To measure the rate of inflation, or change in inflation, you divide the current index value by the initial index value. You can make this comparison from month to month, year to year, or any other time frame. For example, in September 2020, the PPI showed that U.S. producer prices increased for the first time since March. It increased 0.4% versus a 0.2% decline in August, most of which was due to rising food costs, the data showed.
Three Types of Inflation:
- Demand-Pull Inflation: Demand-pull inflation is when demand for a particular item or service increases faster than the supply, where supply may remain the same or decline. Consider the example of oil prices. When consumers are traveling frequently and using a lot of fuel, demand and price increase. Or, when oil consortiums cut back the supply of oil, price also increases because the demand then outweighs the supply. An increase in the money supply can also trigger demand-pull inflation because people have more money to buy things, so the demand increases.
- Cost-Pull Inflation: Cost-pull inflation is when prices increase because the cost to produce the goods or services increases. For example, in homebuilding, the cost of a home could rise because the materials to construct it like lumbar and steel increase in price, or if the price of labor increases due to a healthy labor market. In this case, the builder would charge more to keep his profit the same. (Of course, a home’s price could also rise because of more demand on the consumer side, but then that would be considered demand-pull inflation.)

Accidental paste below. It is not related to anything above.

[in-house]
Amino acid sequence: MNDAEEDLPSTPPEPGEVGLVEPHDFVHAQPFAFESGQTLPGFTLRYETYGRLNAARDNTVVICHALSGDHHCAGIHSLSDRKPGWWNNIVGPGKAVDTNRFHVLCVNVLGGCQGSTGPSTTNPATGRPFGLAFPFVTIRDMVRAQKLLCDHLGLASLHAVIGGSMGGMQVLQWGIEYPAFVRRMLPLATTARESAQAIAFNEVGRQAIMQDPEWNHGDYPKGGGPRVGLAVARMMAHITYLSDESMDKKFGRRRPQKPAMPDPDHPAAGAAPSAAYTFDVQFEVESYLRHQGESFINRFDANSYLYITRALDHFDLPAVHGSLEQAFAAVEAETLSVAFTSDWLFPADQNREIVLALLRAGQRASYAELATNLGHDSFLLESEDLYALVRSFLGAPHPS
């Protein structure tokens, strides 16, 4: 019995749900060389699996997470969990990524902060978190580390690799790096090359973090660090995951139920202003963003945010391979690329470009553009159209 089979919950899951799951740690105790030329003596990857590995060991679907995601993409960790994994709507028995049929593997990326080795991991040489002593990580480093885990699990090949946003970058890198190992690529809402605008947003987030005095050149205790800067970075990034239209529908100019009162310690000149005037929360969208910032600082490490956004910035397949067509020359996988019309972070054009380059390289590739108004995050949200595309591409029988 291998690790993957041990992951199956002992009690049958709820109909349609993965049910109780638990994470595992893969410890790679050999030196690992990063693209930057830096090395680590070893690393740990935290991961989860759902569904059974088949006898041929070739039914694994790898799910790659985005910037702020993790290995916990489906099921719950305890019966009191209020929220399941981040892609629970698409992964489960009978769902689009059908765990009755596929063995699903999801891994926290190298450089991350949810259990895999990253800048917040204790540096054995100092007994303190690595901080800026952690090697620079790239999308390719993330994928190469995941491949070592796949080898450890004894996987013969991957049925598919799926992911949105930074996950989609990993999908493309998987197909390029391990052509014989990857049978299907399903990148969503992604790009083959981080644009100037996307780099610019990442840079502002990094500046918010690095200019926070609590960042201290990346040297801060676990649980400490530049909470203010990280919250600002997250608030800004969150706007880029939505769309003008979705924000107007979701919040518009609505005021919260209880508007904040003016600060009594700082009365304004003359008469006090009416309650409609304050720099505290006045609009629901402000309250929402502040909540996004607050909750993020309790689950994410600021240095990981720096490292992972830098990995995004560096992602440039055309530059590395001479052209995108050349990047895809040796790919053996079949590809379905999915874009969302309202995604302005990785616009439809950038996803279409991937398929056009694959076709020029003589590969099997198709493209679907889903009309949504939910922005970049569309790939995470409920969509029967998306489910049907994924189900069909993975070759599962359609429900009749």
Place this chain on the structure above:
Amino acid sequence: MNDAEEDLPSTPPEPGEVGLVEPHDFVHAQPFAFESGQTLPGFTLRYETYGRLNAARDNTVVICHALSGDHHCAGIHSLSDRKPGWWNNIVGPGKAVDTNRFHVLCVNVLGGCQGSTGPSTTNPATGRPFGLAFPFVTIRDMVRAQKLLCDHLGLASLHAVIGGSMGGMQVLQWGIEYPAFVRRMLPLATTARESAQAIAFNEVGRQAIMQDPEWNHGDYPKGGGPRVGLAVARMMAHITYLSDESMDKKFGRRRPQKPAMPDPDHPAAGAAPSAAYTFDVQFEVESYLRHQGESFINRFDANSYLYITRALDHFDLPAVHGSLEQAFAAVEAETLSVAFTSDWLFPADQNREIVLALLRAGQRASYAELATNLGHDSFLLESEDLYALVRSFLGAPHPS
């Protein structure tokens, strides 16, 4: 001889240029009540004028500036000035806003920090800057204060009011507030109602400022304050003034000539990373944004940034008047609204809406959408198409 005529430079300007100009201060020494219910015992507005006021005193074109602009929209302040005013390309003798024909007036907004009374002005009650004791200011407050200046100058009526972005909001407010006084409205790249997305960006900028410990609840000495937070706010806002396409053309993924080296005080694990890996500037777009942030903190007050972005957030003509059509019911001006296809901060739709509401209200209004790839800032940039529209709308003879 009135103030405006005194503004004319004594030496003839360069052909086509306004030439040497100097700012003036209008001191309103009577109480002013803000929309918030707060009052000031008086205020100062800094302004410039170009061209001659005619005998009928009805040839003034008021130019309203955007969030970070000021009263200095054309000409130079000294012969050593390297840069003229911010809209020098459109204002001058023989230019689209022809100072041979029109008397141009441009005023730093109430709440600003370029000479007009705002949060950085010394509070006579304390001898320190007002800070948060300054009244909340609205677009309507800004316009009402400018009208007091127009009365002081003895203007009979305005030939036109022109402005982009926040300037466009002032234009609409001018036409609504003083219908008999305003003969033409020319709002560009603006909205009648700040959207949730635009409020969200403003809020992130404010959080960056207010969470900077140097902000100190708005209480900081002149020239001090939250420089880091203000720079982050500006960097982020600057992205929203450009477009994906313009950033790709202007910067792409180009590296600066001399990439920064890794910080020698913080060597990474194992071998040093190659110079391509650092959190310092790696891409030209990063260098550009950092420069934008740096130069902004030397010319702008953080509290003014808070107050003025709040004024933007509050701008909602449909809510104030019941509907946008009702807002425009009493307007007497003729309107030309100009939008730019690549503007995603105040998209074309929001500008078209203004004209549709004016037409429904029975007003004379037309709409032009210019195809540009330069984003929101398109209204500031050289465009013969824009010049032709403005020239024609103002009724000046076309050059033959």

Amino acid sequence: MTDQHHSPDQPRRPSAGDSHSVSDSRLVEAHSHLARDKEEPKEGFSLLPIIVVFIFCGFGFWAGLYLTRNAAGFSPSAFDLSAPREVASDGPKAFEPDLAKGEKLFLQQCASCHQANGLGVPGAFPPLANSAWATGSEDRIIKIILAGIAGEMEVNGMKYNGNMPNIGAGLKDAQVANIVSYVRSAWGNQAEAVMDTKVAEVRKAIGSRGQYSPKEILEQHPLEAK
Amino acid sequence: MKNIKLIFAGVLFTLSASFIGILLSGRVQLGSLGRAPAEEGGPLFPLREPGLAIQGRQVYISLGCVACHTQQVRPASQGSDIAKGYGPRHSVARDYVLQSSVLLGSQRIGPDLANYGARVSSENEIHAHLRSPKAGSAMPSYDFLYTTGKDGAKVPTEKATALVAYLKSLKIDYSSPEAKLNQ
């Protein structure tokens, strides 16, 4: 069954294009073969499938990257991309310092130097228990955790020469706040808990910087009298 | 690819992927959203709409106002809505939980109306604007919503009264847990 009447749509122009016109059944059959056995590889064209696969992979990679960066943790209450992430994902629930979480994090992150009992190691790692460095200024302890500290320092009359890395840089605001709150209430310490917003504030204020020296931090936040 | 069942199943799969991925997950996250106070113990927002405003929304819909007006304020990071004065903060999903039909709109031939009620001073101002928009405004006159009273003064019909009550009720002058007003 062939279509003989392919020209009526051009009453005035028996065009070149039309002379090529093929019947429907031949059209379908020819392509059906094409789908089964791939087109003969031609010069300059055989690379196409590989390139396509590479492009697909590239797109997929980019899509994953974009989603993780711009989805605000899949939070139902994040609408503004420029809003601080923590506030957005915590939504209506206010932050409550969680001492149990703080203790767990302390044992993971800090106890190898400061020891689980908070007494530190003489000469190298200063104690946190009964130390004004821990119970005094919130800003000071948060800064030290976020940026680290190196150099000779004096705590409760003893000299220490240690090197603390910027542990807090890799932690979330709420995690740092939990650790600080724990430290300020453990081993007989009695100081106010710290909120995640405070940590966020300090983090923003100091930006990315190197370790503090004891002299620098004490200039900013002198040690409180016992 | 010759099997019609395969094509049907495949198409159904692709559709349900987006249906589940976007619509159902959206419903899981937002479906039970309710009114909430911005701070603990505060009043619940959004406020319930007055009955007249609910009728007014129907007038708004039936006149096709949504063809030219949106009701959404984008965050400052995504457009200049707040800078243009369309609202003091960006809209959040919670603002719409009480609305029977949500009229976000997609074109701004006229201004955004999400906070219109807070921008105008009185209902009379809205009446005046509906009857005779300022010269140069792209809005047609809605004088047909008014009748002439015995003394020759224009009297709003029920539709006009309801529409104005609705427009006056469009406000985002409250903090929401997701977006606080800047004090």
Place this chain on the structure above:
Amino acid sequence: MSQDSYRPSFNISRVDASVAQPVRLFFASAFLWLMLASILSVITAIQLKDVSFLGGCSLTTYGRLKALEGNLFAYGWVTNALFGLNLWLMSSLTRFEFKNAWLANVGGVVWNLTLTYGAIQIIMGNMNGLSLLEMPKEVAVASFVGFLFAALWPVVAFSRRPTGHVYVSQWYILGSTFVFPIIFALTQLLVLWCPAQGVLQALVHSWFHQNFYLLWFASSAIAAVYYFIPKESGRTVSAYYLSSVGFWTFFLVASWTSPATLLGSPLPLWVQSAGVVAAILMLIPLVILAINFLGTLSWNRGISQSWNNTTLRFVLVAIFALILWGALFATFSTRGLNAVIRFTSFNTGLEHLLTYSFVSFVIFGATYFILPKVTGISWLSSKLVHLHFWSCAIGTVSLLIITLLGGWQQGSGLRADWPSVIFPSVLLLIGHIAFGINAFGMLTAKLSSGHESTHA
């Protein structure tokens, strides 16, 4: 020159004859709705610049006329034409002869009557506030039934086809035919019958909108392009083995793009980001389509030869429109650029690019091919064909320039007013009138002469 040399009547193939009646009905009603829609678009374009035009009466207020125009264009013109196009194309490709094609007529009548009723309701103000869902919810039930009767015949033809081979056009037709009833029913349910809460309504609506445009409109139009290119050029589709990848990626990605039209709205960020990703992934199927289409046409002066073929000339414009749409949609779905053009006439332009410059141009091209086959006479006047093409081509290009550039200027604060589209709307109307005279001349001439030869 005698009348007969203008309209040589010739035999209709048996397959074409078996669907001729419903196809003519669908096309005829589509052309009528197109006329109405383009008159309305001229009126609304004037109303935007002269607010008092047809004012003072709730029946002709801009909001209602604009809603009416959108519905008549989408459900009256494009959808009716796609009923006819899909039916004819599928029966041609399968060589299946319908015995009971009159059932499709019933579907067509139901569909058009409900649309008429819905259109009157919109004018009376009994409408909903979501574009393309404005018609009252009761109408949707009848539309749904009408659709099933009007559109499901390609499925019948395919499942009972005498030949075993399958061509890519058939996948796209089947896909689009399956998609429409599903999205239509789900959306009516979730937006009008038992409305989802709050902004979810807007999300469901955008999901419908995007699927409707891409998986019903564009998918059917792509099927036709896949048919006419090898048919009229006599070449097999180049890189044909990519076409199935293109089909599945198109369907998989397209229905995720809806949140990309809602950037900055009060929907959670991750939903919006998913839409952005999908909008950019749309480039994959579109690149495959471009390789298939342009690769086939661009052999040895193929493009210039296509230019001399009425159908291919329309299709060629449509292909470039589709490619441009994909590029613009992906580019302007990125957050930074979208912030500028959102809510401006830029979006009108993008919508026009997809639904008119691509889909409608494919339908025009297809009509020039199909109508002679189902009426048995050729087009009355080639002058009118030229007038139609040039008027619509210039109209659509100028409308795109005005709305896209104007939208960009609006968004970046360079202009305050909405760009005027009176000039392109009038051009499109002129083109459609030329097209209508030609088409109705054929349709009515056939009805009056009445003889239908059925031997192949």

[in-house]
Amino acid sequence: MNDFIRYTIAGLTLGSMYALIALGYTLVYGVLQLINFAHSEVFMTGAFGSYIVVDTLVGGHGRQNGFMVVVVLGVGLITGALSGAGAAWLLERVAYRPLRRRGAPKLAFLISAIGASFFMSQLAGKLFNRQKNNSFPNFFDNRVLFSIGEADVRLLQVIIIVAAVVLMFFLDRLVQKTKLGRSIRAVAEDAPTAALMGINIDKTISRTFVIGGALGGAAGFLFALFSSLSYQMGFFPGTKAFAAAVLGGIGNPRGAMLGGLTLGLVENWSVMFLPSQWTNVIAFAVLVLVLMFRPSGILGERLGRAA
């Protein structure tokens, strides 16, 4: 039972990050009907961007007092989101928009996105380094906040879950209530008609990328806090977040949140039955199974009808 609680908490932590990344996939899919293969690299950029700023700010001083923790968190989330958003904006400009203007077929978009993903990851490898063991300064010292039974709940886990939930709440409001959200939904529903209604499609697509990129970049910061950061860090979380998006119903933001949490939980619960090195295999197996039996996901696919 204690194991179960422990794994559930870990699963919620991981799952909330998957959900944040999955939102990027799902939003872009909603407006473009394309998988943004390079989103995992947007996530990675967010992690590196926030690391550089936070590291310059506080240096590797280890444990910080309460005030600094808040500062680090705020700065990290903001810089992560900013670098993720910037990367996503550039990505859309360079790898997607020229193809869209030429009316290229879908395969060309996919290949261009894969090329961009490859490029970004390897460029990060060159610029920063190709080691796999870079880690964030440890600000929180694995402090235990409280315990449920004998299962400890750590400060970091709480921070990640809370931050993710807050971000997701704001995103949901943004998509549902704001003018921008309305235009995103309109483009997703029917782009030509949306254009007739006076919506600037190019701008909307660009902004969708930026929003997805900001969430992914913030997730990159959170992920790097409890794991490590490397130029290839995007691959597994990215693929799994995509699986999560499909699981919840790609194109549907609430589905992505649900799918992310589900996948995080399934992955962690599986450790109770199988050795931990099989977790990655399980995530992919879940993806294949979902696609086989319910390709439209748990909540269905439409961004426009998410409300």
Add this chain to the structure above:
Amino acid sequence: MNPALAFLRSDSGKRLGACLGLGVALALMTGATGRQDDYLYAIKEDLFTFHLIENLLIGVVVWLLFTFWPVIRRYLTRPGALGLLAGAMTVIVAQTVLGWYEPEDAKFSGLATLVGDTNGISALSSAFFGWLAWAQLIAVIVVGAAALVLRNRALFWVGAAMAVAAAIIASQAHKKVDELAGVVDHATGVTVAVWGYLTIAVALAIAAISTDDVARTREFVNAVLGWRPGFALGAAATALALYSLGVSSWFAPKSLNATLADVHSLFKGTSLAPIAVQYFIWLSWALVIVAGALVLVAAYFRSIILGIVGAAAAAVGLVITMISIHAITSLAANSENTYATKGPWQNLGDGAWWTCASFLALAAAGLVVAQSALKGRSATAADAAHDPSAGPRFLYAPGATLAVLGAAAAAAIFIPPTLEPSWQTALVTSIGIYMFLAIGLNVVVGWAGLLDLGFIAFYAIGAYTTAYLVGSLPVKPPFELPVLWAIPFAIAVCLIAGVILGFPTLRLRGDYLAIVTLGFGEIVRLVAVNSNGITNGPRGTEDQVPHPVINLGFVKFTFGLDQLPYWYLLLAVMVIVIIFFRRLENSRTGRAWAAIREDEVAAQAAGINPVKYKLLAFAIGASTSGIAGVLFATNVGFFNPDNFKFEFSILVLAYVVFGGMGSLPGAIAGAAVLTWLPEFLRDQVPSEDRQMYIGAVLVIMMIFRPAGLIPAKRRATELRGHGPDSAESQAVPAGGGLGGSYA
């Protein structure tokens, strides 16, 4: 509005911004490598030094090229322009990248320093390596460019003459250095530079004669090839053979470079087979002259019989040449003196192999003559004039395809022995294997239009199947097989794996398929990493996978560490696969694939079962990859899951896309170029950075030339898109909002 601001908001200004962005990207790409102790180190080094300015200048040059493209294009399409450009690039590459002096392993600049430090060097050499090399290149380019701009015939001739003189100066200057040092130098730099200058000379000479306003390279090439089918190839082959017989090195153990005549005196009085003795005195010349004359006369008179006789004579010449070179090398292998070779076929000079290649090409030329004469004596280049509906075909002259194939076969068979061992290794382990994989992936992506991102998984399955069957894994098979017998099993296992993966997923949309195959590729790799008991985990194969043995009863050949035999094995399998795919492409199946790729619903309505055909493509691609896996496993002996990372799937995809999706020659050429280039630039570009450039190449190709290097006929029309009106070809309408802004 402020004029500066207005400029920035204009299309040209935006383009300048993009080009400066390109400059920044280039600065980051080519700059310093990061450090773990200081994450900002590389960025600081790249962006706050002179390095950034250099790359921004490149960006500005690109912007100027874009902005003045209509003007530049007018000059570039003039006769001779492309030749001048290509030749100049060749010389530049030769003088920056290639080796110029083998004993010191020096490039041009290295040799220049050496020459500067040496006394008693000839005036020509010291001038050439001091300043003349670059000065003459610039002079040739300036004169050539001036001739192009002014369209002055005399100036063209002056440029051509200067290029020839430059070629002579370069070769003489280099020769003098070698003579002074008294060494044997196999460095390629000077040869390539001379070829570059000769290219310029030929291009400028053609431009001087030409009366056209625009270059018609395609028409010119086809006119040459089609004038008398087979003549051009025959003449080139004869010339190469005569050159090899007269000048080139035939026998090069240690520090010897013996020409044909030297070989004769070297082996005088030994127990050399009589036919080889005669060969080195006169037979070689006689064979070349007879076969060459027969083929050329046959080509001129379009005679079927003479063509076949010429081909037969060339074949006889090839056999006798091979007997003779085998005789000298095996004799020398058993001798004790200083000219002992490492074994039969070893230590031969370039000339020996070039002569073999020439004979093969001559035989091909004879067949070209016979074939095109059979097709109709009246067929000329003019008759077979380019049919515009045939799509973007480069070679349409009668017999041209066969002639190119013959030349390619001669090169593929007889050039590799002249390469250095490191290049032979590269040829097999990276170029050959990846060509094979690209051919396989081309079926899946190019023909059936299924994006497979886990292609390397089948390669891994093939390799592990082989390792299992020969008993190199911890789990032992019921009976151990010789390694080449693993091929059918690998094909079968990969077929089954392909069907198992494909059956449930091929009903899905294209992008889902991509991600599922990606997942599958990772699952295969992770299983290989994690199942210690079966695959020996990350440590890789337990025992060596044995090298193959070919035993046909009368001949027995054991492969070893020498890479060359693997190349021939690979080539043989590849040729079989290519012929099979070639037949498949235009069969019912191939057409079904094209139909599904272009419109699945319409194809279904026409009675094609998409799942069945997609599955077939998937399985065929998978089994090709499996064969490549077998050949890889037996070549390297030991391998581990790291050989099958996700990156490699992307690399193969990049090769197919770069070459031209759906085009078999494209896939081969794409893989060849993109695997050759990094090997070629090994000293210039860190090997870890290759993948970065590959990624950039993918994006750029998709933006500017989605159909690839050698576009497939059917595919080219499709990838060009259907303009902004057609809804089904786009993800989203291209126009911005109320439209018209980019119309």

- Built-In Inflation: Built-in inflation is a result of the impact of rising prices causing more rising prices. It works as a cycle, where rising prices cause workers to demand higher wages so that they can maintain their standard of living. Then, with higher wages, consumers can buy more, so demand for products and services increases, causing more price increases. This spiral is the result of built-in inflation.
Inflation can often be the result of an economy seeing robust growth, as rising prices create that upcycle. Or it can be cause by a central bank like the Federal Reserve loosening its monetary policy, such as by lowering interest rates to try to stimulate the economy.
What is disinflation?
Now that you have a good understanding of what inflation is, you can easily understand disinflation. Disinflation is when the rate of inflation, or the rise of prices of goods and services in an economy, slows down. So, an economy may experience inflation, but at the same time it may also experience disinflation when the growth rate of the rise in price of goods becomes slower.